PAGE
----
Theres No Room To Argue. Joseph Capriati Has Enjoyed His Finest Year To Date And His Escalation As One The Principle Profiles In Techno Knows No Boundaries. The Napoli-born Firebrand Has Just Completed A Stunning Season In Ibiza As A Resident Of Marco Carolas Music On At Amnesia
There's no room to argue, Joseph Capriati has enjoyed his finest year to date and his escalation as one the principle profiles in techno knows no boundaries. The Napoli-born firebrand has just completed a stunning season in Ibiza as a resident of Marco Carola's Music On at Amnesia. Anyone who caught him play the main room this season will agree - his special ability to combine an infectious stage presence, with razor sharp DJ skills draws techno fans to dancefloor like bees to a honey pot. No wonder island legend Carola's handpicked him to perform on 8 separate occasions, more than any other artist this season. Combine this momentum with an outstanding 2013 that already saw him headline his first coast-to-coast tour of the US, play a historic 12 hour set at the Metropolis in Napoli, plus headline every major techno festival on the planet, the time couldn't be better for Capriati to unleash 'Self Portrait', his sophomore LP. Already ingrained in the consciousness of techno lovers this year thanks to 'Fratello' and 'Awake' the pair of searing dancefloor slayers that were released in June as the album's first singles, 'Self Portrait' goes deeper than the club stormers the Italian is famed for. Over 11 future-facing tracks, Capriati displays his deft production skill to supersede his reputation for bodyslamming dancefloors. Tracks such as 'Electrolytic', the album's atmospheric opener evokes mood with a barrage of steely synths, gritty drums and industrial beats, while 'Self Portrait', the typically reflective album title track is an understated ambient gem led by warm trickles of melody that pairs nicely with 'Naked' which exhibits the producer's deft skills for moulding sparse stripped back minimal that kicks along with cheeky vox and shuffling percussion. He further reinforces his ability to create addictive club rollers with the quirky, squiggly groover 'Easy Come Easy Go', while the masterful 'Basic Elements', chugs along with rattling industrial percussion before giving way to a sublime wall of melody that's just the kind of genius fare that gets his diehard fans raising Italian flags inscribed with 'JOSEPH CAPRIATI KING OF TECHNO' regularly at this gig. And with an album this good, who are we to argue?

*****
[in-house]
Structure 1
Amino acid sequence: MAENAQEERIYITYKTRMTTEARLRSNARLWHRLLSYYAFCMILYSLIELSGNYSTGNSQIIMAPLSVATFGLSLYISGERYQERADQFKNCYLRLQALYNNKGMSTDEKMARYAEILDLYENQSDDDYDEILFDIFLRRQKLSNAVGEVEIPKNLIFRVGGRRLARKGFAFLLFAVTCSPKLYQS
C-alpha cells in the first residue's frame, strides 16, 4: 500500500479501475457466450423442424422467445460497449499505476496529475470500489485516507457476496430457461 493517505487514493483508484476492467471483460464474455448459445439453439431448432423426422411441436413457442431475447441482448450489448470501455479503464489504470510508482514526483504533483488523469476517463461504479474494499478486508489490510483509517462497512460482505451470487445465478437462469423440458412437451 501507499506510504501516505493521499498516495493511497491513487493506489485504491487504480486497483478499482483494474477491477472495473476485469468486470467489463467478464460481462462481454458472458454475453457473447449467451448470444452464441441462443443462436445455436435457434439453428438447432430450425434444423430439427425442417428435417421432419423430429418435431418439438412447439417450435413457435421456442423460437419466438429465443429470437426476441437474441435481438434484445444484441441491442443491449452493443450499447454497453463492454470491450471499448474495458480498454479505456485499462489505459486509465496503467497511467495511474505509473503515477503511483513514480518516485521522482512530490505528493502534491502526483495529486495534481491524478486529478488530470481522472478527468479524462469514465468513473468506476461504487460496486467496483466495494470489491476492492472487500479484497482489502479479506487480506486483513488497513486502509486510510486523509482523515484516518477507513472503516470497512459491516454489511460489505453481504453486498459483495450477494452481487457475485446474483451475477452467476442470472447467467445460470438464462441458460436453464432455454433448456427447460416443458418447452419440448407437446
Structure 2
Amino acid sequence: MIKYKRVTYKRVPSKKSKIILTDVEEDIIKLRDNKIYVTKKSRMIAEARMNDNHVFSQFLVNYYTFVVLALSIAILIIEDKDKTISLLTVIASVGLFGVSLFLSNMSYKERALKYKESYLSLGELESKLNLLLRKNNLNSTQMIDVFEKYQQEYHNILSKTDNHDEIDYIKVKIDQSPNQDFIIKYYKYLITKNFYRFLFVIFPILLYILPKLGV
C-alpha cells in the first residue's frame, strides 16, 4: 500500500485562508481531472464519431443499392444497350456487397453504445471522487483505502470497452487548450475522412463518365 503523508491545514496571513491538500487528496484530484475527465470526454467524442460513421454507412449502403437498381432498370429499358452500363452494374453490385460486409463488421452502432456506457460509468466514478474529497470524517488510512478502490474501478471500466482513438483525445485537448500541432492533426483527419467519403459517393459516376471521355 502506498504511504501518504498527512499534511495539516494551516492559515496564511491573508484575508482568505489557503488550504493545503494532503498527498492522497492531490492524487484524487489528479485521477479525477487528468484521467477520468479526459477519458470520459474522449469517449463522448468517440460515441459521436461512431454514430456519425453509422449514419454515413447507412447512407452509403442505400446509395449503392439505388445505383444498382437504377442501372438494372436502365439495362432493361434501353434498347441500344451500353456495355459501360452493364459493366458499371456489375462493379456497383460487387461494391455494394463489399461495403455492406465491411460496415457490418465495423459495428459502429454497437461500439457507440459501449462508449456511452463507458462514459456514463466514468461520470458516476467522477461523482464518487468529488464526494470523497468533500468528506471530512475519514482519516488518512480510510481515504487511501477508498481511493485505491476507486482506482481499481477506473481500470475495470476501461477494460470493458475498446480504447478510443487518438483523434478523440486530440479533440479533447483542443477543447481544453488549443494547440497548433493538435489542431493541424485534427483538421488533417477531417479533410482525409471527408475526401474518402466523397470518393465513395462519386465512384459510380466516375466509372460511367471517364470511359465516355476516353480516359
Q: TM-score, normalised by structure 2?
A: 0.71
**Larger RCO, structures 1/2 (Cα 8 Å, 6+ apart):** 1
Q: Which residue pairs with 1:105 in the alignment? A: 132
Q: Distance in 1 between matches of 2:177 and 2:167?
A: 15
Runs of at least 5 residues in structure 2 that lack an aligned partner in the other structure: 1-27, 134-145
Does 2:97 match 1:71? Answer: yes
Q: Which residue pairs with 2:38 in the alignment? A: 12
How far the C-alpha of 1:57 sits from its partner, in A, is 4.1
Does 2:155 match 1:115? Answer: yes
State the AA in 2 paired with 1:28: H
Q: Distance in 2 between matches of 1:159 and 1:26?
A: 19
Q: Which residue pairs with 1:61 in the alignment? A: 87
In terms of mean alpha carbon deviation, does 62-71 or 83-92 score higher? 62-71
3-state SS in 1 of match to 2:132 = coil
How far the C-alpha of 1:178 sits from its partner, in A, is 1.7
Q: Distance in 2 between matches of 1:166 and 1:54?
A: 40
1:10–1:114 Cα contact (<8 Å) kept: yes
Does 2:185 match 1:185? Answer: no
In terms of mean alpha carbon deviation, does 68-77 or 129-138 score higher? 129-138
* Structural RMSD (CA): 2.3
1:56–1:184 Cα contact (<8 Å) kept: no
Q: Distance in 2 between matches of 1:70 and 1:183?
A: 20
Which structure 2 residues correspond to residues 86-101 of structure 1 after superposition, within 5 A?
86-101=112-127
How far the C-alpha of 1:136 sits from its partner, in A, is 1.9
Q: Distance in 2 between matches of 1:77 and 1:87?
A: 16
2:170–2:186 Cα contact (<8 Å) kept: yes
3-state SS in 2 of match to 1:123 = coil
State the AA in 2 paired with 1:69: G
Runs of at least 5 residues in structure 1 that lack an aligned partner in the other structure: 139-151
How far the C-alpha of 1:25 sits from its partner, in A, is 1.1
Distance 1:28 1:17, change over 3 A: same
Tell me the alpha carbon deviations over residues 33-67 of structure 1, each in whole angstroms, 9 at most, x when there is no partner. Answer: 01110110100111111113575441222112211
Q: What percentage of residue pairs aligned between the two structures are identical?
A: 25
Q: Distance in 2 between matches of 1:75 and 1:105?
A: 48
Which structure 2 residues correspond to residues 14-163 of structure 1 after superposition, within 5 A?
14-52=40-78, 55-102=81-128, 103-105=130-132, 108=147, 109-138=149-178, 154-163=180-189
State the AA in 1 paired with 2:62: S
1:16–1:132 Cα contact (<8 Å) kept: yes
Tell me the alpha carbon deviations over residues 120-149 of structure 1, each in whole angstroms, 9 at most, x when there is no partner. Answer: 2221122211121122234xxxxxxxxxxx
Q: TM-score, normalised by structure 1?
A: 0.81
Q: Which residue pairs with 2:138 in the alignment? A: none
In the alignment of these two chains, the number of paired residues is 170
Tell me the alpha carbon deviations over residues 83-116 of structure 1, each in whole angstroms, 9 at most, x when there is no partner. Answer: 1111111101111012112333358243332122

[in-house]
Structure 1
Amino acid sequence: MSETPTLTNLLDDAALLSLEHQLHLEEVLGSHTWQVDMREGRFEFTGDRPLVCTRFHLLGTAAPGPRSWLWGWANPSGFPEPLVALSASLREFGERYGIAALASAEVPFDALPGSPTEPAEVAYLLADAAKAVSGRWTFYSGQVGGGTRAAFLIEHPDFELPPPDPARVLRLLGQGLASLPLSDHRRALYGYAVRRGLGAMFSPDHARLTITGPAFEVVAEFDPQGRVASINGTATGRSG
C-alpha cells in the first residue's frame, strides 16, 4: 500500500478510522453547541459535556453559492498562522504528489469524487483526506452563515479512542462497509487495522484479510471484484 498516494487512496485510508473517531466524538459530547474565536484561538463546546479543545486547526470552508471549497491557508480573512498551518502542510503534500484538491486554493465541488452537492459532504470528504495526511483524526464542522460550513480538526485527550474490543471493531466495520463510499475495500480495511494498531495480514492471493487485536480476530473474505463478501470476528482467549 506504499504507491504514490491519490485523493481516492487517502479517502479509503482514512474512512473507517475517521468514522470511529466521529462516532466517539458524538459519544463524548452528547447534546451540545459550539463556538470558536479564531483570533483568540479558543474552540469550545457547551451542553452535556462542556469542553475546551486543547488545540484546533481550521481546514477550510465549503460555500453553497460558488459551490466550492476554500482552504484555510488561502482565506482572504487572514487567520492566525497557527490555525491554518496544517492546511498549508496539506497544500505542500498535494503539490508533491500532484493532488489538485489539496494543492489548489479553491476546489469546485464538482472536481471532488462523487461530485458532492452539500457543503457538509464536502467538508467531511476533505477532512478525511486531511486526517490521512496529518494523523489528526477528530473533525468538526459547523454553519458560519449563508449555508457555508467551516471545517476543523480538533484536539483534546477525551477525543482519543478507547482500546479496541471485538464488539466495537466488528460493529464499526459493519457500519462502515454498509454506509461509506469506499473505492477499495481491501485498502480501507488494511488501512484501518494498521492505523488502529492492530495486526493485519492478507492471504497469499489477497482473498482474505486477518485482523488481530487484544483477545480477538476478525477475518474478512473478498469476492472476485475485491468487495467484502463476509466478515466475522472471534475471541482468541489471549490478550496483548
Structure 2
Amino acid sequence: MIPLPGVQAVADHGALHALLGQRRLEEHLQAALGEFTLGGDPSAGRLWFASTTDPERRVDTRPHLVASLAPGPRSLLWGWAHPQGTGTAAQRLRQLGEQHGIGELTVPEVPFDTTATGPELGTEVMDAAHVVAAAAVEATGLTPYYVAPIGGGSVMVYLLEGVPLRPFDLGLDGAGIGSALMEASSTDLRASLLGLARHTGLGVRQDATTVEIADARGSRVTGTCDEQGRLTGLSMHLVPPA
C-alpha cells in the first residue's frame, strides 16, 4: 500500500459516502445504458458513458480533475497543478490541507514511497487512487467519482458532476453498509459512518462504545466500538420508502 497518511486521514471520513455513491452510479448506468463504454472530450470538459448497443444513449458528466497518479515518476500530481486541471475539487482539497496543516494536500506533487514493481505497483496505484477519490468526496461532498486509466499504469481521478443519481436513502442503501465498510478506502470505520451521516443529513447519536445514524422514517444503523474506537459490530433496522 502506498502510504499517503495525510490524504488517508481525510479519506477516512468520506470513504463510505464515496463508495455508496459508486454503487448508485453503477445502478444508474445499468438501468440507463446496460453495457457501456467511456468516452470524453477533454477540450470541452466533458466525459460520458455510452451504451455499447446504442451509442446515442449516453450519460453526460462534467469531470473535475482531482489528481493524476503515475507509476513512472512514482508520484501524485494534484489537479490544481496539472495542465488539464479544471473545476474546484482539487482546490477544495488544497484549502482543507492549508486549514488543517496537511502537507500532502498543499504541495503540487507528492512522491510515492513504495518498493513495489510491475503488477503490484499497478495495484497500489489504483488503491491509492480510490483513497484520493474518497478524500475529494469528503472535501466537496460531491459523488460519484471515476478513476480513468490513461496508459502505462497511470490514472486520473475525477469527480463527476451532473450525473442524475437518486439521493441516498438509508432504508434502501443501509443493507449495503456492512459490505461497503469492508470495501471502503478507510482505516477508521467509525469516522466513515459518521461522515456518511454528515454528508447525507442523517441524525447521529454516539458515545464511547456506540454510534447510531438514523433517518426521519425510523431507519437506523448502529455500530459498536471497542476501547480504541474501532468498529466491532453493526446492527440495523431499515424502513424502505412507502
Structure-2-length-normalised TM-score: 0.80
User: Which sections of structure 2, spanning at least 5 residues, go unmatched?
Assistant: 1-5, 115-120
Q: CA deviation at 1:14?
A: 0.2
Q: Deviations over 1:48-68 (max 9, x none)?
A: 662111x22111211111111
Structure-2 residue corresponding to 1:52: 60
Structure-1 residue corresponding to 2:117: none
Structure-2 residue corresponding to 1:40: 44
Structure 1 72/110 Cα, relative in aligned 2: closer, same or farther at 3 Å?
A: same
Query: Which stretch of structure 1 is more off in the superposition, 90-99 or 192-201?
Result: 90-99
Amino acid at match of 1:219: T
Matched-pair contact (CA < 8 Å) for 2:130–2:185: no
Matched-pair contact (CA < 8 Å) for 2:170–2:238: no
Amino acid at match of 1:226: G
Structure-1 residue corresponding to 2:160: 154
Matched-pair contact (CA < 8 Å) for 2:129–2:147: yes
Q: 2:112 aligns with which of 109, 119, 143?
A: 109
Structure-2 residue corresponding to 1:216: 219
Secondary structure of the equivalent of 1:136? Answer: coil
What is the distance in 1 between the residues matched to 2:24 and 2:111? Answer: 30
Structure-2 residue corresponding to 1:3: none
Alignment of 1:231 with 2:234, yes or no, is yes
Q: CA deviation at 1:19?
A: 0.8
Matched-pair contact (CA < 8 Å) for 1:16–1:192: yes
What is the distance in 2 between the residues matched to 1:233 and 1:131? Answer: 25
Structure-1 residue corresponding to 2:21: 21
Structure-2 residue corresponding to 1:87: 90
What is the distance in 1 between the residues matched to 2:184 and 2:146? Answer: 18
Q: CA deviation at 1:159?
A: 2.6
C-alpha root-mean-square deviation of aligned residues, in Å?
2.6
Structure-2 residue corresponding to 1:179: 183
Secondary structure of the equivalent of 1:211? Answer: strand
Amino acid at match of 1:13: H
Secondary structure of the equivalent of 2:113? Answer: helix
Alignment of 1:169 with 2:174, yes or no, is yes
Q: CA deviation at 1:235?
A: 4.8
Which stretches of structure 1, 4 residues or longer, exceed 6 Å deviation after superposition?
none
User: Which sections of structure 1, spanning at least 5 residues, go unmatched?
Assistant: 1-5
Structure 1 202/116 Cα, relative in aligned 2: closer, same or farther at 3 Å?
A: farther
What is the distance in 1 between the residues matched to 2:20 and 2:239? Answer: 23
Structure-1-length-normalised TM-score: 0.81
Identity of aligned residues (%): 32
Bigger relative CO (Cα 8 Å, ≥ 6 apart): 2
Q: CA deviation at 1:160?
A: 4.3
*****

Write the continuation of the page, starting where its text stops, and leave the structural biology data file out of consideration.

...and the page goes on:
(added: 2014-01-13 14:22:00 )